“Optimism, and that’s what Labour will bring,” the prime minister said in her opening statement, which is strangely and typically, well, contentless. It’s part of the paradox that is Jacinda Ardern – she’s the global left’s standard bearer, the most popular New Zealand prime minister in living memory, a policy leader against the coronavirus, and yet it’s almost impossible to pin down her politics beyond that optimism.
Ardern promised 8000 new homes are coming down the line, and that’s ostensibly leftist policy and politic. Yet the waiting list for public housing is 20,000 people long. Is 8000 left enough? It’s certainly left – or centre! – enough to win.
Especially against a strangely flat and staggered National Party leader. People expect Judith Collins to go hard, because of course it’s a brand she cultivates, but it was a jarring juxtaposition: the hard woman (Collins) against the kind and optimistic prime minister. The advocate for a “border protection agency” (Collins) against the person who’s protected the borders (Ardern). It was hard to pin down, then, precisely what Collins was angry at. Other, of course, than the fact she’s leading the losing side.
Questions remain about National’s border policy
Siouxsie Wiles, associate professor in Microbiology and Infectious Diseases, University of Auckland
It’s no secret that I am supportive of the current government’s elimination strategy when it comes to dealing with covid-19. The main thing I was looking to hear in the leader’s debate was a commitment from both Jacinda Ardern and Judith Collins that whatever government they lead would stick with that strategy.
The prime minister did that and reiterated the importance of a tightly managed and controlled border. In response, Collins brought up the need for “someone to be in charge”. With a National-led government that would be the job of a new border protection agency. I’m all in favour of an agency dedicated to defending us from pandemic threats, but focusing solely on our border won’t achieve that. Any agency should have a much broader remit that also addresses what makes us vulnerable to pandemics.
Collins also raised not letting anyone board a plane to New Zealand unless they test negative. This policy will certainly stop some infectious people from being able to travel but it won’t catch all of them. I really worry it’ll discriminate against those who can’t afford to, or aren’t able to, access testing. To me this policy runs the very real risk of stranding New Zealanders overseas while not really increasing the security of our border.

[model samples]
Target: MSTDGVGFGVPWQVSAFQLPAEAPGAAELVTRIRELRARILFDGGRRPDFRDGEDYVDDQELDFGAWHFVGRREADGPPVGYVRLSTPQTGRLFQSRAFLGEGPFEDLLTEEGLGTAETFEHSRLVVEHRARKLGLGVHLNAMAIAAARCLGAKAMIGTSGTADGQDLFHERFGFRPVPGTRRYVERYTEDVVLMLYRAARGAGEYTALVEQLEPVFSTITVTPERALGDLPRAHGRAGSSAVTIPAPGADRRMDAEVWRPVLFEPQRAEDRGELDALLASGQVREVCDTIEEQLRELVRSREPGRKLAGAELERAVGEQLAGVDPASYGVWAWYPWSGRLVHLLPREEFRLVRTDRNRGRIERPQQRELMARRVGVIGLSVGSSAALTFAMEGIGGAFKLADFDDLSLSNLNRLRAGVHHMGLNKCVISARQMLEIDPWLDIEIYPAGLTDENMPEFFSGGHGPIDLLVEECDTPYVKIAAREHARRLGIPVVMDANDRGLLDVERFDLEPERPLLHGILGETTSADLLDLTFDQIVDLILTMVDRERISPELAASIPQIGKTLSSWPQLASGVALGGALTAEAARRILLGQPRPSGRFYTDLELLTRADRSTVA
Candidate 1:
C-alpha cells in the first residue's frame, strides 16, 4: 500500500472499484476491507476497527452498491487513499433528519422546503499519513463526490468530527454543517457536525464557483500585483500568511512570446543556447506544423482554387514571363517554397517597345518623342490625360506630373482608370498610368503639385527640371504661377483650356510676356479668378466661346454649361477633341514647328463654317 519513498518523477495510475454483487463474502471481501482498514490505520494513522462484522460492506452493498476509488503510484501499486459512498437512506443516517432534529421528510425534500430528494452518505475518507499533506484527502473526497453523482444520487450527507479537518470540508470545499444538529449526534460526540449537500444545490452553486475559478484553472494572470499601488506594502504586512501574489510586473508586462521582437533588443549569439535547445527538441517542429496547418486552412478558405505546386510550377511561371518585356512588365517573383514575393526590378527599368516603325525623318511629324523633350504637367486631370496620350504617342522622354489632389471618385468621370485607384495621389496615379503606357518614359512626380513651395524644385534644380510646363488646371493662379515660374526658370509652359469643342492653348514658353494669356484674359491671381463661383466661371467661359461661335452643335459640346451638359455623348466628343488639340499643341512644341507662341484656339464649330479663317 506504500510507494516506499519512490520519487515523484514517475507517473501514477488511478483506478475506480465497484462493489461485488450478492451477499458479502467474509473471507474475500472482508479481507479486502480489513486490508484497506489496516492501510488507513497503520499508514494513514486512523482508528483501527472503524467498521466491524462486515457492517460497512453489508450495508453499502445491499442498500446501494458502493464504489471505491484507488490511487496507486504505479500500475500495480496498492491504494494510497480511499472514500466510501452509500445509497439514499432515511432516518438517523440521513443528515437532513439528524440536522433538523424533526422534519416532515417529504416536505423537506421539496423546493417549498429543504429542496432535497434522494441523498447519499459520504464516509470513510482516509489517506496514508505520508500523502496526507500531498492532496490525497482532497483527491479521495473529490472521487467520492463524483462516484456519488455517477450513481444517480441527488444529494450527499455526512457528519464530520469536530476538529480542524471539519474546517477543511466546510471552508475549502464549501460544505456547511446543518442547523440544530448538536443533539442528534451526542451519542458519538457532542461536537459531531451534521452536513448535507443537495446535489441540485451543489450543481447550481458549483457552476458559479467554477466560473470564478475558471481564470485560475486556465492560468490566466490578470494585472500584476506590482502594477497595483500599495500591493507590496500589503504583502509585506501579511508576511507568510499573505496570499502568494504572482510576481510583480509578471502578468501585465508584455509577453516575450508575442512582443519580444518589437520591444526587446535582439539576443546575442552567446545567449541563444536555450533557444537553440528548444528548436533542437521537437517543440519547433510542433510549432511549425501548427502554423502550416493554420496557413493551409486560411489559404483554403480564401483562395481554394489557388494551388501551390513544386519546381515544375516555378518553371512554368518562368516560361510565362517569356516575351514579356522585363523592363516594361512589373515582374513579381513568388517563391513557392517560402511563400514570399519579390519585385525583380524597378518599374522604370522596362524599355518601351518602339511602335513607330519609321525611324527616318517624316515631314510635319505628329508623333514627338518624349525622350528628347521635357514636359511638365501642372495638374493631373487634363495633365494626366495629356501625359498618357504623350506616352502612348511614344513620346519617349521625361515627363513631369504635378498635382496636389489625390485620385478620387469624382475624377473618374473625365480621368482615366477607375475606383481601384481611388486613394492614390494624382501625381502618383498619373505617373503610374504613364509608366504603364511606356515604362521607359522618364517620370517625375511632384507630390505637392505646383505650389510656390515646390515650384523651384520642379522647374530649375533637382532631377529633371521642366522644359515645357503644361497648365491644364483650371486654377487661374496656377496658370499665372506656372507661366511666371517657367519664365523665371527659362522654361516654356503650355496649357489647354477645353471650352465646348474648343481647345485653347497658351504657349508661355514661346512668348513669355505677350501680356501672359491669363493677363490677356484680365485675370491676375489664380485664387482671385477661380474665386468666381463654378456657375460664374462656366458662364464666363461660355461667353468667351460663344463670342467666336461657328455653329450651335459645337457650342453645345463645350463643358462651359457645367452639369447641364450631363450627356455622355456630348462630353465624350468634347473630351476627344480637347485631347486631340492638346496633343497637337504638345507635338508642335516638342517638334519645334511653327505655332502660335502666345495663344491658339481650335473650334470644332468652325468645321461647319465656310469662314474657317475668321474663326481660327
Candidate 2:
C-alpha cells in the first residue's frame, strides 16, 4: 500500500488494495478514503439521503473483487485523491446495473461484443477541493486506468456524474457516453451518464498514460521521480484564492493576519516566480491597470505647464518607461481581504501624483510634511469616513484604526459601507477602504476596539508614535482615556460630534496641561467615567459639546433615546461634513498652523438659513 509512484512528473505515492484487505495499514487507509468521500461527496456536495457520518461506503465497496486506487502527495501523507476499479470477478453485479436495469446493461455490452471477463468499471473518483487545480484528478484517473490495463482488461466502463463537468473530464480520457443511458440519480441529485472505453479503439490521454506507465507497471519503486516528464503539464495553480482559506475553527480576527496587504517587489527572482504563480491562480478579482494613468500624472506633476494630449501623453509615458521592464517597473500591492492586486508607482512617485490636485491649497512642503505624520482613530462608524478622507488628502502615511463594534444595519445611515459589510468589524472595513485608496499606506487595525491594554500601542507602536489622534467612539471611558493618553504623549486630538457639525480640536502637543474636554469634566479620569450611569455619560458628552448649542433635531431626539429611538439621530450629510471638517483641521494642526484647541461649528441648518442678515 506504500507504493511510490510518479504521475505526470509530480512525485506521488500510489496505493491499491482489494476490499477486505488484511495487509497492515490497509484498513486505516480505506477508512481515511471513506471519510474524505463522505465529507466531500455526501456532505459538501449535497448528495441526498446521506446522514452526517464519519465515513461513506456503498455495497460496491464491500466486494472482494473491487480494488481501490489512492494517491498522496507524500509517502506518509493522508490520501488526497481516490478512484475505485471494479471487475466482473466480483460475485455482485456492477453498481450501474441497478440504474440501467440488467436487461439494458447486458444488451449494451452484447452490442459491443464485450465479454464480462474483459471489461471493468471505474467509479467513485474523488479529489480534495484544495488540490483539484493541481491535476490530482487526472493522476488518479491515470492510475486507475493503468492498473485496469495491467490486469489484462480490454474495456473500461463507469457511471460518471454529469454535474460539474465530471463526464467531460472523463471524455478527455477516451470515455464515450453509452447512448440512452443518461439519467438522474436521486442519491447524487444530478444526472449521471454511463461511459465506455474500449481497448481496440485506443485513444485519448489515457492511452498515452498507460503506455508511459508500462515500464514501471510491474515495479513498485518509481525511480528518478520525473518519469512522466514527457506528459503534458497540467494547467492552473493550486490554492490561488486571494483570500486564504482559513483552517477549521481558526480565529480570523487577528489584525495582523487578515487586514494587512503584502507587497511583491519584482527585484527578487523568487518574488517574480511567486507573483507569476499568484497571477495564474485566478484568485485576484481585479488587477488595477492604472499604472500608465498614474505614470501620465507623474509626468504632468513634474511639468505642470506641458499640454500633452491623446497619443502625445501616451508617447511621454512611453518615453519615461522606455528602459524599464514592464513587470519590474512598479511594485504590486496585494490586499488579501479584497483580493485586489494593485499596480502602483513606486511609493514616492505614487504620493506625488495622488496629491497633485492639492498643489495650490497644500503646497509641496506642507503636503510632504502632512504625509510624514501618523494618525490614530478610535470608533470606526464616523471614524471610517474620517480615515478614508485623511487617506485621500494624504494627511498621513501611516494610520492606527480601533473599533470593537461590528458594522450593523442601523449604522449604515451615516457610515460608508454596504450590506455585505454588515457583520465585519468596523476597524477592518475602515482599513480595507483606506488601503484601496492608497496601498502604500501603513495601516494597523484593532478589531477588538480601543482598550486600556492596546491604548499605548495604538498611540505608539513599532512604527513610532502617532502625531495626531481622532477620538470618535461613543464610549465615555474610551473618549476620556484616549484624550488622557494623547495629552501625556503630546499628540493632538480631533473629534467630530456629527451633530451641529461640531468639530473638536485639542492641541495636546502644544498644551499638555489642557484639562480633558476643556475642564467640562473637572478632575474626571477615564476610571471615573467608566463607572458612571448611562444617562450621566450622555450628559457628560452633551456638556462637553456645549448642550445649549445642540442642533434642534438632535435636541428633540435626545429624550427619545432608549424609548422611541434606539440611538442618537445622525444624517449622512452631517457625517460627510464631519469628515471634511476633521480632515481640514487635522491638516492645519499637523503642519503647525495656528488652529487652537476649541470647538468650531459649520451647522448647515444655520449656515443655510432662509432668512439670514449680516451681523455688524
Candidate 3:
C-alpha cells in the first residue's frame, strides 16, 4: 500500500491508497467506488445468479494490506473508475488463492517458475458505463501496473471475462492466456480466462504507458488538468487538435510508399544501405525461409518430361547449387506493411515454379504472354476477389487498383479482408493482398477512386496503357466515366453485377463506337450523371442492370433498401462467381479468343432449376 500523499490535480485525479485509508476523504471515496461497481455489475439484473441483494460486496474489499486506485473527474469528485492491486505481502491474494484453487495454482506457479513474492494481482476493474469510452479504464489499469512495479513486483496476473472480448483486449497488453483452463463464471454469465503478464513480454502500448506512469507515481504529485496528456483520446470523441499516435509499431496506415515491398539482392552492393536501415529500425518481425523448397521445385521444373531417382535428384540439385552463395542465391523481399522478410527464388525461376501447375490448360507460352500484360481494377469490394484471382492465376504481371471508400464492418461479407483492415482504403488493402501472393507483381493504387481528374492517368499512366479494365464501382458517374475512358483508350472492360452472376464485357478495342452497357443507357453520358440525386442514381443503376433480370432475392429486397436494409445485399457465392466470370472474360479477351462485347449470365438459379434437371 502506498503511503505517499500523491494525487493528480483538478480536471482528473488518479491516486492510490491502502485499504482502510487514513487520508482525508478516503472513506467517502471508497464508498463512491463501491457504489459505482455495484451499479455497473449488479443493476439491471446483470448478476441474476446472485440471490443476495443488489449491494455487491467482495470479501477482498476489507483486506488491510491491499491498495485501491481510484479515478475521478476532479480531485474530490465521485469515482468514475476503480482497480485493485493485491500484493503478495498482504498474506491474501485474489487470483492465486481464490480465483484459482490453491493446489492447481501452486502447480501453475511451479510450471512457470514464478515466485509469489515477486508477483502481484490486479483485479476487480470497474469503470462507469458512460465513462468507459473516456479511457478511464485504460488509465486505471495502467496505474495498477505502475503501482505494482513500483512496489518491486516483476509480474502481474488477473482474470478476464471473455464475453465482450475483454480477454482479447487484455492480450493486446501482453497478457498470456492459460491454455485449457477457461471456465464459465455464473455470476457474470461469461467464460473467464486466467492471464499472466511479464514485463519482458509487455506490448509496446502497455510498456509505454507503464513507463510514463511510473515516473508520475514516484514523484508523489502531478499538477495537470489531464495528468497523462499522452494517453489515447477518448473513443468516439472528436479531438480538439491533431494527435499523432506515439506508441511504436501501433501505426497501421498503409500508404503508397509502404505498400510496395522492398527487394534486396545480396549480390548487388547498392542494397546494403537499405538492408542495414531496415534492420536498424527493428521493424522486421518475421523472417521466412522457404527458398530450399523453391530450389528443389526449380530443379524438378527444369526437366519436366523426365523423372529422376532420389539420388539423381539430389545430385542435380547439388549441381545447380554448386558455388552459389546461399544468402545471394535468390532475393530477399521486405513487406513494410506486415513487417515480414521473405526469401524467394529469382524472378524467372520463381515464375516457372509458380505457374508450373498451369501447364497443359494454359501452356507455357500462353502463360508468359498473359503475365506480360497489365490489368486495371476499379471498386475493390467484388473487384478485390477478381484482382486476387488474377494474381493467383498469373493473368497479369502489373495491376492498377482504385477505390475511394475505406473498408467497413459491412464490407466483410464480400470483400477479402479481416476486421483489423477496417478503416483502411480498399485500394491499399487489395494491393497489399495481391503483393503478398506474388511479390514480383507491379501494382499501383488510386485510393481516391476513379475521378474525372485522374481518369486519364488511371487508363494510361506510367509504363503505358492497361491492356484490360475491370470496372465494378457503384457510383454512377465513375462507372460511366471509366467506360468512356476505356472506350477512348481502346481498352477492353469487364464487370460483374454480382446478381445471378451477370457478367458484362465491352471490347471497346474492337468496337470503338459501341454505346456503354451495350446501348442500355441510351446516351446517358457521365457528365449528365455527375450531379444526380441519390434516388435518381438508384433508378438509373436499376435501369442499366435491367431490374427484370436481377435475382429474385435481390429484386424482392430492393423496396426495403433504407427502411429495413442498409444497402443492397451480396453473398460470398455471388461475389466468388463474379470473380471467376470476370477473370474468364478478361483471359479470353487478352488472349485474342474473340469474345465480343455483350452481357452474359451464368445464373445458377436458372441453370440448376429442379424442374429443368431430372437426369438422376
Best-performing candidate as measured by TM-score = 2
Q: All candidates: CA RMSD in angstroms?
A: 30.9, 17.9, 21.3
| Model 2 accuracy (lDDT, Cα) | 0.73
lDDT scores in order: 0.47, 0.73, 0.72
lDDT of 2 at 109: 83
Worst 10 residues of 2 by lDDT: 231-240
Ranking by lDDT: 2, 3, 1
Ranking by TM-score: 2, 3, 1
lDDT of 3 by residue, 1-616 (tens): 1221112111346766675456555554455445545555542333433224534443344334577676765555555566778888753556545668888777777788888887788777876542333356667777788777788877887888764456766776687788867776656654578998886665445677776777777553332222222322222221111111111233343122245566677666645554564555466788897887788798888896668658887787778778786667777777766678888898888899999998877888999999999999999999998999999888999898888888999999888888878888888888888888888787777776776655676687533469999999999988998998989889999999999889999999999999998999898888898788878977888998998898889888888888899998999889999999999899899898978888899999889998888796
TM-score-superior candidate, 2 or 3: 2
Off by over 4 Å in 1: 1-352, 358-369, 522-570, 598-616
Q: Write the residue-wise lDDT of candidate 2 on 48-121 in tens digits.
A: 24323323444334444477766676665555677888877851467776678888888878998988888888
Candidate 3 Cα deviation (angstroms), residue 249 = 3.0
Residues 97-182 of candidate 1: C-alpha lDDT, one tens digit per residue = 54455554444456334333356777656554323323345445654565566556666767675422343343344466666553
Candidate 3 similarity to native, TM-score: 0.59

Both leaders will want to lift their game
Richard Shaw, professor of politics, Massey University
These are as much performances as debates. Ardern edged Collins on leadership performance, looking and sounding like someone with a 32 percent lead over her opponent in the preferred prime minister ratings and whose party has a 17 percent buffer over its major opposition: measured, polite and committed to staying clear of the tit-for-tat.
Given the polls, Collins needed to force the issue: it showed in her regular interjections (some of which were to good effect) and willingness to take the contest to Ardern (occasionally not so successfully).
On the issue of policy fluency (your own but also the other side’s), a close call went – perhaps, maybe – narrowly to Collins. As to eloquence – verbal dexterity and rhetorical flow – Ardern had the edge on her opponent (especially in her closing statement), although Collins in pugnacious mode had an energy that Ardern lacked.
These presentational dimensions of politics matter, especially at a time when voters are looking for an emotional compact with leaders.
Given the context, Collins may sleep the easier of the two tonight, but both will be looking to lift things a notch or several when they next meet.
Dr Grant Duncan is associate professor for the School of People, Environment and Planning, Massey University; Dr Bronwyn Hayward is professor of politics, University of Canterbury; Morgan Godfery is Māori Research Partnerships Manager, University of Otago; Richard Shaw is professor of Politics, Massey University, and Dr Siouxsie Wiles is associate professor in Microbiology and Infectious Diseases. This article is republished from The Conversation under a Creative Commons licence. Read the original article.